G.Fast startup readies silicon as standard signed off
Sckipio Tech hits the ground running
With G.fast getting formal ITU consent as G.9700 and G.9701, the race will be on to ship production hardware to the standard, and that's helped an Israeli silicon startup raise $US10 million in funding from US and Israeli ventures.
Sckipio Technologies, incorporated in 2012, is pitching modem chipset and software bundles at vendors and service providers now looking at G.Fast deployments.
Marketing VP Michael Weissman told The Register that with the standard in place, “there's a real effort in bringing silicon to market quickly”.
The Sckipio Technologies founding team comprises alumni from CopperGate Communications, a specialist in silicon for the networked home market, sold in 2009 to Sigma Designs for $US116 million in cash plus 3.9 million Sigma shares.
Between 2012 and now, Weissman said, and including the founding team's work at CopperGate before that, the group has worked with 80 service providers including France Telecom and BT, and is a member of Europe's Celtic-Plus broadband consortium. The company has also been active in G.Fast standard development, with Weissman saying Sckipio had contributed “about 20 percent” of the standard.
Counting the founders' previous experience, he said, “We've spent about 2,000 man-hours doing field trials with service providers – going down the holes where the rats are."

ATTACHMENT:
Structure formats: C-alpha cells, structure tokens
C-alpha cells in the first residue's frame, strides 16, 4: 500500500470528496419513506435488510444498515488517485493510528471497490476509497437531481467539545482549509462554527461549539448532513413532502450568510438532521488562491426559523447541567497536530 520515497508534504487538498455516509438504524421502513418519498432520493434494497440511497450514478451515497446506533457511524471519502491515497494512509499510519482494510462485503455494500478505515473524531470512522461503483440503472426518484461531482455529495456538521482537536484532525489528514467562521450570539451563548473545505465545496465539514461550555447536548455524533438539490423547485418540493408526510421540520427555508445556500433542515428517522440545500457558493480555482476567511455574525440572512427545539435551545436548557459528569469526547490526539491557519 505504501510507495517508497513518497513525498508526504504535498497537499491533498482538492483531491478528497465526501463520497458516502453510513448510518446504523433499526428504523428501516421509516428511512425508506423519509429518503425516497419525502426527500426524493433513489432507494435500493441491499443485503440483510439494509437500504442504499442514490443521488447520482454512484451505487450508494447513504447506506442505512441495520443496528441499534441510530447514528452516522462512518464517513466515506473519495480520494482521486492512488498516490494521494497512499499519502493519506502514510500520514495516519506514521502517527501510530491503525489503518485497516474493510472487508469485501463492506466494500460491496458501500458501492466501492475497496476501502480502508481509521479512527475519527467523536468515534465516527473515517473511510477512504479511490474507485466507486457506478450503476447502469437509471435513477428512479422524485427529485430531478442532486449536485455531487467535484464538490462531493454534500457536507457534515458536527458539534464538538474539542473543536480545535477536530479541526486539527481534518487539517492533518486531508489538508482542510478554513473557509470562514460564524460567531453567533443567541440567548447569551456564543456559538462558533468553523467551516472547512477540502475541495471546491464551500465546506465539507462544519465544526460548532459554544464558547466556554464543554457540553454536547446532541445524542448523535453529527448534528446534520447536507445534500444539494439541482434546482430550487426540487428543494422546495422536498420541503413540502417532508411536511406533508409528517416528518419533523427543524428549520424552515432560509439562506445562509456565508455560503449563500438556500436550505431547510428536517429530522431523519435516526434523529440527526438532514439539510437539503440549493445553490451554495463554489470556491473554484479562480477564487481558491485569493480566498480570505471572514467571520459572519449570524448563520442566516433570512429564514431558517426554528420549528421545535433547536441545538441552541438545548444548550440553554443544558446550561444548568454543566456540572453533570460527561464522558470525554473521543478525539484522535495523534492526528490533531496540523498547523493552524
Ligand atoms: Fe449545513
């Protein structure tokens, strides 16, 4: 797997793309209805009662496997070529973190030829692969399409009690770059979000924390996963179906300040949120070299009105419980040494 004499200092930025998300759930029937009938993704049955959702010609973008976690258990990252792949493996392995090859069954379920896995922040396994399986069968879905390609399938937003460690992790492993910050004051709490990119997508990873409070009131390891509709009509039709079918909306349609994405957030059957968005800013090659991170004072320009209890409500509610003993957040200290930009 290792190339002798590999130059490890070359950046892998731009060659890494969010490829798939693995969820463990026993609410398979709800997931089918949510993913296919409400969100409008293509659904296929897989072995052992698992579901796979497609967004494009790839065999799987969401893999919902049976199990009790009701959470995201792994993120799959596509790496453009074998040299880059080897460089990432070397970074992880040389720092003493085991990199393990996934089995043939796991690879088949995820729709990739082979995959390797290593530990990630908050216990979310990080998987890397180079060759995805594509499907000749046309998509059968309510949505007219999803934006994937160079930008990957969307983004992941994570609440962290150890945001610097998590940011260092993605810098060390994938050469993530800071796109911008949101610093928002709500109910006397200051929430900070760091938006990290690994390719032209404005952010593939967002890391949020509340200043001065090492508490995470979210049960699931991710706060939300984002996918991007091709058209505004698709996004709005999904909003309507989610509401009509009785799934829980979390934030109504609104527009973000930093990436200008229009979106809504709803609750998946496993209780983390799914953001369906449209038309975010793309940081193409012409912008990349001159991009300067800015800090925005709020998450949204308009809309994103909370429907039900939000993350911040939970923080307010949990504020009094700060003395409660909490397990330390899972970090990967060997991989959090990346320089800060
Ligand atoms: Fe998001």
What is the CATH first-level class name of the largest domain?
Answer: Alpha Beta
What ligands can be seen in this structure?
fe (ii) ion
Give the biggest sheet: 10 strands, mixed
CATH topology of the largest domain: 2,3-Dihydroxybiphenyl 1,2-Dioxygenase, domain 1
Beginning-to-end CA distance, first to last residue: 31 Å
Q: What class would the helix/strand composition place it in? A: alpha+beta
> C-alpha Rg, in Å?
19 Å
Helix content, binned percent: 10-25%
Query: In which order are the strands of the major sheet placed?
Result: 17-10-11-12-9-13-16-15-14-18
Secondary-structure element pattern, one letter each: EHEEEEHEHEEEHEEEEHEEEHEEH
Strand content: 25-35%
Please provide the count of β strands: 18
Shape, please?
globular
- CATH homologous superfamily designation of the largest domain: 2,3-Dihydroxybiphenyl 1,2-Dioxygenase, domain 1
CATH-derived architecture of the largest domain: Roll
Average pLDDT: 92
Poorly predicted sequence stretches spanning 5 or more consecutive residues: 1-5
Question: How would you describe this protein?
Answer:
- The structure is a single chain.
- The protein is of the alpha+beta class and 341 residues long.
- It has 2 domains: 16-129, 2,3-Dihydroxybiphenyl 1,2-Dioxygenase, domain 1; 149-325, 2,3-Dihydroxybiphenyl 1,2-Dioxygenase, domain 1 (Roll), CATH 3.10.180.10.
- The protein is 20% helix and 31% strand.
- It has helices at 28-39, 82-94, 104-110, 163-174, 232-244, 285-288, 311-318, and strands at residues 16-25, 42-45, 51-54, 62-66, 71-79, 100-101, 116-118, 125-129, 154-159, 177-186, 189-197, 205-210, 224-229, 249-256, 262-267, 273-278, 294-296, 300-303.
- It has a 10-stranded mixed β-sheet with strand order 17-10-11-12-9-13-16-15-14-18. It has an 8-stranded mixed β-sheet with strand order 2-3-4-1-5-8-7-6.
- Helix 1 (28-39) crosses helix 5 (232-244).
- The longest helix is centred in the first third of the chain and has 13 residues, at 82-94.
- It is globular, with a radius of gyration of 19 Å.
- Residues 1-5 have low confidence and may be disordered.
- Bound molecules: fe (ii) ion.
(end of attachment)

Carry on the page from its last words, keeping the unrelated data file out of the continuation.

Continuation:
Weissman said the company expects field trials of standard (rather than pre-standard) G.Fast technologies to be taking place next year using qualified silicon (hopefully, from Sckipio's point of view, in products using its silicon). The field trials should be followed in short order by live deployments between late 2014 and 2015.
First shipments will use a 106 MHz baseband signal, but Weissman pointed out that the standard has room to move to a 200 MHz baseband signal. However, he said, the acclaimed gigabit performance of G.Fast (within the standard's distance limitations) isn't dependent on the higher baseband frequency: “I think we can achieve 1 G without having to go to 200 MHz.”
Weissman said gigabit performance should be achievable in most markets at the standardised distance of 250 metres between the node and the end user.
That's a statement bound to cause contention in Australia, where critics of the new government's preference for fibre-to-the-node focus on the state of Telstra's copper.
“Even though your pits are the pits, we're confident that G.Fast is going to do just fine. You're going to bring optical to the pit, and you're probably going to reconnect things. If the wires are corroded at the end – you trim them,” he said.
Excessive crosstalk will be mitigated, Weissman said, because fibre will be replacing the largest cable bundles. In the 16-pair or 32-pair bundles that fan out from node to home, he said, “the algorithms in G.fast vectoring … offer an advanced and flexible approach to deal with crosstalk mitigation.”
It's in the multi-dwelling unit (MDU) that Sckipio believes G.Fast will really hit its straps: once fibre is terminated in the basement, most of the fibre runs will be far shorter than 250 metres.
“G.Fast is excellent for MDUs … it's aligned to that kind of use-case,” Weissman said.
Sckipio's investors are Gemini Israel Ventures, Genesis Partners, Amiti Capital, and Aviv Ventures. ®
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